King David, when he committed the act that I referred to, the sin of adultery and murder, was a child of God. David stands out in the Bible as one of the greatest of men in the Old Testament. There were many graces of God at work in him. He was loyal, faithful, courageous. There are many things about David that we admire and love. Perhaps nothing more than this: David was noble. By God’s grace, David could act without self-interest. He was a noble man. In his early days, when king Saul sought to kill him, David had two opportunities to kill Saul. Both times David spared him. Later on, when a man comes to tell David of Saul’s death, David was overwhelmed with sorrow. He treated Saul’s descendants with kindness. David was, indeed, a noble, generous, and faithful man of God.
But, at the same time, David was capable of one of the most cowardly, lustful, and selfish acts revealed in Scripture. He took another man’s wife and he murdered the man. If you read of that event in II Samuel 12, it is almost unbelievable how this man, David, who in the past had borne such insults against himself, could now plot the death of Uriah, Bathsheba’s husband. How do you explain it? How could he? Was it a weakness? Was it a phase? Was it the devil? No. It was sin.
You see, when you know the reality of sin within yourself, then you understand why and how David could do what he did. It was sin in him. Are you and I any different than David? When God gives us to see the truth of sin in ourselves, then we do not want to argue anymore about the doctrines of God’s grace. We must want to thank God for those doctrines and believe them with all our heart and mind and soul.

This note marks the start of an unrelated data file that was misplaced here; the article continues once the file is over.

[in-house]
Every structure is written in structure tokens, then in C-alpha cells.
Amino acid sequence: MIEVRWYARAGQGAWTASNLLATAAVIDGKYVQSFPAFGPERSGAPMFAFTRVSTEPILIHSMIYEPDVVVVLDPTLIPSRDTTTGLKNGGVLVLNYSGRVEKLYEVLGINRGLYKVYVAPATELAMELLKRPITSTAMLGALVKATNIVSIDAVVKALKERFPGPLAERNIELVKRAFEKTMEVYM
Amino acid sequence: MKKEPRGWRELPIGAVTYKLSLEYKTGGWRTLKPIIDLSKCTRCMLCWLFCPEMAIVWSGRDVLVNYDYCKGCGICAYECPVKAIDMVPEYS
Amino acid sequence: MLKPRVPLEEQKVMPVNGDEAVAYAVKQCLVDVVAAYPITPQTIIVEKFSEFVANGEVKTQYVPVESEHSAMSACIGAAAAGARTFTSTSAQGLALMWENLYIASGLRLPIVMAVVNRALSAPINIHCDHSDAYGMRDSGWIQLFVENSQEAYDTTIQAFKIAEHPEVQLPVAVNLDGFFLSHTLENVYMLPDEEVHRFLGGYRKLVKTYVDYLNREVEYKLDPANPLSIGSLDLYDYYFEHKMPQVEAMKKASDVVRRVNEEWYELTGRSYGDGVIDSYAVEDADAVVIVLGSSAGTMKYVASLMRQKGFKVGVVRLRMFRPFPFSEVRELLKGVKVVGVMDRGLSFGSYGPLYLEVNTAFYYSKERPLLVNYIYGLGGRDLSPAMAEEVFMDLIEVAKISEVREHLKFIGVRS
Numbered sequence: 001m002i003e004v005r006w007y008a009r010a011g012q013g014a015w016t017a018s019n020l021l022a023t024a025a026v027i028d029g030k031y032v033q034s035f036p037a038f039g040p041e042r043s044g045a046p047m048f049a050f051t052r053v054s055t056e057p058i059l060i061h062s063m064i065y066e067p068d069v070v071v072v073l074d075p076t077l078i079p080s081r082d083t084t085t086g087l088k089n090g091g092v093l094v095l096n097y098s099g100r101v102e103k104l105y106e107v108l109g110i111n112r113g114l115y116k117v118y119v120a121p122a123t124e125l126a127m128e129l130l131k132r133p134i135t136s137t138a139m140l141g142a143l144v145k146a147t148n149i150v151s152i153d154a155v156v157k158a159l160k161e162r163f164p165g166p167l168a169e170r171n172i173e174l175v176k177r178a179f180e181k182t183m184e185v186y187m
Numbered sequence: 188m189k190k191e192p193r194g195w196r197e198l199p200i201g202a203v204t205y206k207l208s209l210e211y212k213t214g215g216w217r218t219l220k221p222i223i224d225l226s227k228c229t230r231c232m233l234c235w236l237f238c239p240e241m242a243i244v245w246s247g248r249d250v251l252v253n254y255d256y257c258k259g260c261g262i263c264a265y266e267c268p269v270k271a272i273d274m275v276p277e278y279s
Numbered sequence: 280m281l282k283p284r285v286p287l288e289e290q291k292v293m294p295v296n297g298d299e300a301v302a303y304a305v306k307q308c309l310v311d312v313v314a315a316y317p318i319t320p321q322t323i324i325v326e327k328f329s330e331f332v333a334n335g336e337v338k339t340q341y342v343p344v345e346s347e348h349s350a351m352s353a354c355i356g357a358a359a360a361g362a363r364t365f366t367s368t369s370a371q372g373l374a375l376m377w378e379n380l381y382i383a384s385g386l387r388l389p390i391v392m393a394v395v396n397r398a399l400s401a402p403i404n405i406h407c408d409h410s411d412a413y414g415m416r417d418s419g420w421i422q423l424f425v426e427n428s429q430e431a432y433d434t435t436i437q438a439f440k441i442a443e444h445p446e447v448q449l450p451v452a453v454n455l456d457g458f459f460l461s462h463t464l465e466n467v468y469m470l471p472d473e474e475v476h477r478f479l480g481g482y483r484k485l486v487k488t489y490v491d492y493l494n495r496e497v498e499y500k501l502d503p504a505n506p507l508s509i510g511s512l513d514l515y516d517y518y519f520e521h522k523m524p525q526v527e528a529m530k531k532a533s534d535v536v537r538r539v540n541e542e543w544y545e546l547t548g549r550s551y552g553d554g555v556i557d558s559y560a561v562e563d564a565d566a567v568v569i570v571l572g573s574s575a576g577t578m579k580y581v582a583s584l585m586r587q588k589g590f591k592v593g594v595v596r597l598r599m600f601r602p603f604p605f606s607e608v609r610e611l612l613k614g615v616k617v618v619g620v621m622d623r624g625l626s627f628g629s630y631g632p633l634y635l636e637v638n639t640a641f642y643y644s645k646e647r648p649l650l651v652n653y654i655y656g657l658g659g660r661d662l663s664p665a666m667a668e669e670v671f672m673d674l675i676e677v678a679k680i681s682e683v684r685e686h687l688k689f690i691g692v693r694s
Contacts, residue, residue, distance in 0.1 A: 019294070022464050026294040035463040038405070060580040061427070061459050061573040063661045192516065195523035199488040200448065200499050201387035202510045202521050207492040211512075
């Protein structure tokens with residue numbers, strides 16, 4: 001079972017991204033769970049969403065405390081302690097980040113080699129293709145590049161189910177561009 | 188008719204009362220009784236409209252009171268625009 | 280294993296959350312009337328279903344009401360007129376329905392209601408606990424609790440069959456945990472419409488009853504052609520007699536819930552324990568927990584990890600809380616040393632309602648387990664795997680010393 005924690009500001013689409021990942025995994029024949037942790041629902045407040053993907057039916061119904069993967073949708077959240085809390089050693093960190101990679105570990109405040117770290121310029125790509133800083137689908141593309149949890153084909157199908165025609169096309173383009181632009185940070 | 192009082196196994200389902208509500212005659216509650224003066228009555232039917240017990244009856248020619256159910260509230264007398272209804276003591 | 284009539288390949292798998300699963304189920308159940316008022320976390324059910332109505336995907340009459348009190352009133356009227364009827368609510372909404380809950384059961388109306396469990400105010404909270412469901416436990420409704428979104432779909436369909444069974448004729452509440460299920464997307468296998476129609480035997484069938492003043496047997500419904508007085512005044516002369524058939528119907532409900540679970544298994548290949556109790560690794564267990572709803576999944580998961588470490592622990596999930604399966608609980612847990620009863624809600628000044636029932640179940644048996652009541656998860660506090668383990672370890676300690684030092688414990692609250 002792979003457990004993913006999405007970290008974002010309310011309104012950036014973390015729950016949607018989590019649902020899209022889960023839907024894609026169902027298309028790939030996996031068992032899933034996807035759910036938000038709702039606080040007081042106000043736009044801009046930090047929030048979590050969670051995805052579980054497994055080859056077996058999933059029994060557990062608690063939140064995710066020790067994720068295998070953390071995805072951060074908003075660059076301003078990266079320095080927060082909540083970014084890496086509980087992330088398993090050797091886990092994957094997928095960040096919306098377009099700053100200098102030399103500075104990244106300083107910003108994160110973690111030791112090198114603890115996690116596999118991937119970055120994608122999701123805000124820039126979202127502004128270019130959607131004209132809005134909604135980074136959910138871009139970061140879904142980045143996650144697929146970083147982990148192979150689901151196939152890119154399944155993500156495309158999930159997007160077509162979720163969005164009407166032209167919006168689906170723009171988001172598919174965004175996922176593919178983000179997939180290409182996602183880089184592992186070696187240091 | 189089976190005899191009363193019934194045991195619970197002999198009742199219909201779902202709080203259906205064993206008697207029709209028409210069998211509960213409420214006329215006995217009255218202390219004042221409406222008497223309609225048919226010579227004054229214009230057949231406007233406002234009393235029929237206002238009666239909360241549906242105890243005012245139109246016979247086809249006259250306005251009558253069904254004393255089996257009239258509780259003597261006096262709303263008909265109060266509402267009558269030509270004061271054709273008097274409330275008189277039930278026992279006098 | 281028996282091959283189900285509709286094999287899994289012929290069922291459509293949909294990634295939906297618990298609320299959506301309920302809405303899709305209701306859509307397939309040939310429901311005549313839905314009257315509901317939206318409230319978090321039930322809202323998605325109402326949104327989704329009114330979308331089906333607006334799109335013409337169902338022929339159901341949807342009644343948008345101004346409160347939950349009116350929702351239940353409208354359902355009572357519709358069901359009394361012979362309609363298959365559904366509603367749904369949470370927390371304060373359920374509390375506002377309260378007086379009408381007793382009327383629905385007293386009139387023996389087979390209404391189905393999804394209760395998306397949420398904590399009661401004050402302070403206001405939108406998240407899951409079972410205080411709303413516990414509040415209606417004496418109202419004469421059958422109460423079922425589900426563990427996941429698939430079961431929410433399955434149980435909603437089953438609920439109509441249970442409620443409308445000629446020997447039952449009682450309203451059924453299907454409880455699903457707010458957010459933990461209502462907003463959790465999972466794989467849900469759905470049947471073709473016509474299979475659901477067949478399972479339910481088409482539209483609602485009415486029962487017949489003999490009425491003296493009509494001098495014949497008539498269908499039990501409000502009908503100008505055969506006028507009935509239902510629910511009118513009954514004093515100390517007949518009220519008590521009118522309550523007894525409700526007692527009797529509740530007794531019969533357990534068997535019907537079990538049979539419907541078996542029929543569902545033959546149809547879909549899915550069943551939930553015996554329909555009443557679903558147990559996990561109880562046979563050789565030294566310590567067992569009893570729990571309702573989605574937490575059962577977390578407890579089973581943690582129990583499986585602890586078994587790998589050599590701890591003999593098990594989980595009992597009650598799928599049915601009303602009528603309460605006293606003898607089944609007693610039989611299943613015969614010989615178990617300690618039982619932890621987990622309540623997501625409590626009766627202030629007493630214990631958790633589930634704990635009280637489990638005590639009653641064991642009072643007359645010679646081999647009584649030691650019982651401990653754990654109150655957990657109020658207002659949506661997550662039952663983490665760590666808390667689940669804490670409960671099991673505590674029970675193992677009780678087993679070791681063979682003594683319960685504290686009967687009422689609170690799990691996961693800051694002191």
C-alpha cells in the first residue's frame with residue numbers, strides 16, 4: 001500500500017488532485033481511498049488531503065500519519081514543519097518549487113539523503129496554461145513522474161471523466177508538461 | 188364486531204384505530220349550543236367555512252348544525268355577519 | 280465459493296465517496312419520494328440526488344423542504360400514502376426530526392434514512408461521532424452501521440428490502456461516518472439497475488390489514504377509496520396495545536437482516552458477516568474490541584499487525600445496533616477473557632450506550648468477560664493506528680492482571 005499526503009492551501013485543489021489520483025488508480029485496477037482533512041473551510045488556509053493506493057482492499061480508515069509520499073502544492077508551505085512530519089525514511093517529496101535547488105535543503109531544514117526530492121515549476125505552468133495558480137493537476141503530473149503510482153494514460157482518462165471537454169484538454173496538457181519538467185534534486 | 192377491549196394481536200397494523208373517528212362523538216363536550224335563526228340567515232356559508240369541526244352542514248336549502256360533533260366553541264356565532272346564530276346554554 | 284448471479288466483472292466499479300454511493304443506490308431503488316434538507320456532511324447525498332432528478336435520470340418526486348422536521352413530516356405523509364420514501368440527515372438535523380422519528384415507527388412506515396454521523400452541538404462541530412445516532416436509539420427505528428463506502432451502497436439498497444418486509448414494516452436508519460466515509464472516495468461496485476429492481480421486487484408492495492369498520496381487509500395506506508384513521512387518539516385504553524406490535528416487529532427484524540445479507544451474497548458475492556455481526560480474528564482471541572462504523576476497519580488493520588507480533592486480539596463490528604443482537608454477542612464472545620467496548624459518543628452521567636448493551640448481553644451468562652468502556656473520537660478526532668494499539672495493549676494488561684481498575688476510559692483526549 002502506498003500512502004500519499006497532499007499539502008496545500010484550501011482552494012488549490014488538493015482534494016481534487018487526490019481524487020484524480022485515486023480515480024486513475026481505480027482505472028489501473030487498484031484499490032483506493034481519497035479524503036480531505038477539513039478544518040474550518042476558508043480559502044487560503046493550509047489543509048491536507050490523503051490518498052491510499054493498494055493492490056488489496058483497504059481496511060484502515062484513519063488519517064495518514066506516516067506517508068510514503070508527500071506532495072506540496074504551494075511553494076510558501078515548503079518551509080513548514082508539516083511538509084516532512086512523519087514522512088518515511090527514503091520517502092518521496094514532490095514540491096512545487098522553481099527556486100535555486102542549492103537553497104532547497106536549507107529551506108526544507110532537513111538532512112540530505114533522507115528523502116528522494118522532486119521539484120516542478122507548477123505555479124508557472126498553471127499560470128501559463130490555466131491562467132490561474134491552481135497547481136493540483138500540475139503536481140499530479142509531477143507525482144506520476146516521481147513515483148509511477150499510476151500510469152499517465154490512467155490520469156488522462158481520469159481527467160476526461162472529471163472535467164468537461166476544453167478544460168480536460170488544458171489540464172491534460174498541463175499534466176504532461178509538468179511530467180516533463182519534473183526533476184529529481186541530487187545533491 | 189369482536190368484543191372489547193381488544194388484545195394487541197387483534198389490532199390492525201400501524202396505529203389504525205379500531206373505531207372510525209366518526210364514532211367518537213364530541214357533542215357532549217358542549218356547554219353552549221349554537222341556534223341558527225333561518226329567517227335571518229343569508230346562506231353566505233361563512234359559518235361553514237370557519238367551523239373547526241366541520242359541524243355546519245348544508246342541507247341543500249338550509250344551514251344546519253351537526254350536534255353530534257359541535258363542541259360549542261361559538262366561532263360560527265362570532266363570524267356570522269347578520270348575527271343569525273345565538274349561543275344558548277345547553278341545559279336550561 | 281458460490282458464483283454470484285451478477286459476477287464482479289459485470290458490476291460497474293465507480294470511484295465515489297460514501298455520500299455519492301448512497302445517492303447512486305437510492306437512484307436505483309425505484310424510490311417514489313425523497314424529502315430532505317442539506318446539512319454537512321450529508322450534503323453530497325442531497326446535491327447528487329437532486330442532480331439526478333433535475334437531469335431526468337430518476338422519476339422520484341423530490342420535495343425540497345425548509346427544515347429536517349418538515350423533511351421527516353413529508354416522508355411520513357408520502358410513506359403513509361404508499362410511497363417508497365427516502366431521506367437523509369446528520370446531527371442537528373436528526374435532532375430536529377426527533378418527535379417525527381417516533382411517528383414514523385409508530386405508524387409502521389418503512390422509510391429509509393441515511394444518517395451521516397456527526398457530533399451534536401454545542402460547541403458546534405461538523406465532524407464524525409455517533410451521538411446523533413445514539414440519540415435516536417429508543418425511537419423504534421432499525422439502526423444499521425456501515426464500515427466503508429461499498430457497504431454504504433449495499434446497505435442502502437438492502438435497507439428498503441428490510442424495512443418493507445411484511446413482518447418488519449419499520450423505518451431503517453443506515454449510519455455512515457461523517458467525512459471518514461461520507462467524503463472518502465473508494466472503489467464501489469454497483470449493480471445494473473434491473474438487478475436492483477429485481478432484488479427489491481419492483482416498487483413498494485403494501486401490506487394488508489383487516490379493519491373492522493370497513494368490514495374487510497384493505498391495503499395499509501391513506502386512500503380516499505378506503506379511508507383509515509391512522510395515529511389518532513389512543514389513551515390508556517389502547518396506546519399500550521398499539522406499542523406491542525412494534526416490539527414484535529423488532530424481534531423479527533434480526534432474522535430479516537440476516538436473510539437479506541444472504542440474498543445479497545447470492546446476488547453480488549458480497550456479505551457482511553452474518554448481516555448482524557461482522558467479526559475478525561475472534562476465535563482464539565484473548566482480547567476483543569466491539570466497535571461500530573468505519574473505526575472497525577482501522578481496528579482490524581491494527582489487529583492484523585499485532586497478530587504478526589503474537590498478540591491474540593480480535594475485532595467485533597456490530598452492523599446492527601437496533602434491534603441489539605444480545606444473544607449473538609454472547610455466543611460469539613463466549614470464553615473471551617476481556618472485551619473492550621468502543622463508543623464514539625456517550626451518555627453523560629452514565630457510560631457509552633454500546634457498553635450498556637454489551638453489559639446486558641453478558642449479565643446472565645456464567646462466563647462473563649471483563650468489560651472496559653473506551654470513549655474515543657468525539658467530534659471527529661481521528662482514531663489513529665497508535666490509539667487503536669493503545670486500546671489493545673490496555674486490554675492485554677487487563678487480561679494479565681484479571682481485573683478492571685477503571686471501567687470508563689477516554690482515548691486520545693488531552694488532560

We read in II Samuel 12:13 this conversation between Nathan the prophet and king David. This is after David has been confronted by the prophet Nathan and David has confessed his sin. We read: “And David said unto Nathan, I have sinned against the LORD. And Nathan said unto David, The LORD also hath put away thy sin; thou shalt not die.” David said, “I have sinned against the Lord.” The sin that he was confessing was an overwhelming and blinding force in his life. We have to see that first of all. Sin is an overwhelming and blinding force of itself. The angels tremble when they see sin. And if we are in our right spiritual mind, we will too. Sin is not something to play with, to underestimate. Sin is not something that is manageable, containable, negotiable, or trainable in your life. But the horror of sin is that of itself it is a power which takes hold of us, manipulates us. It convinces us that what we are doing is OK, justified. And at the same time, that sin controls our actions.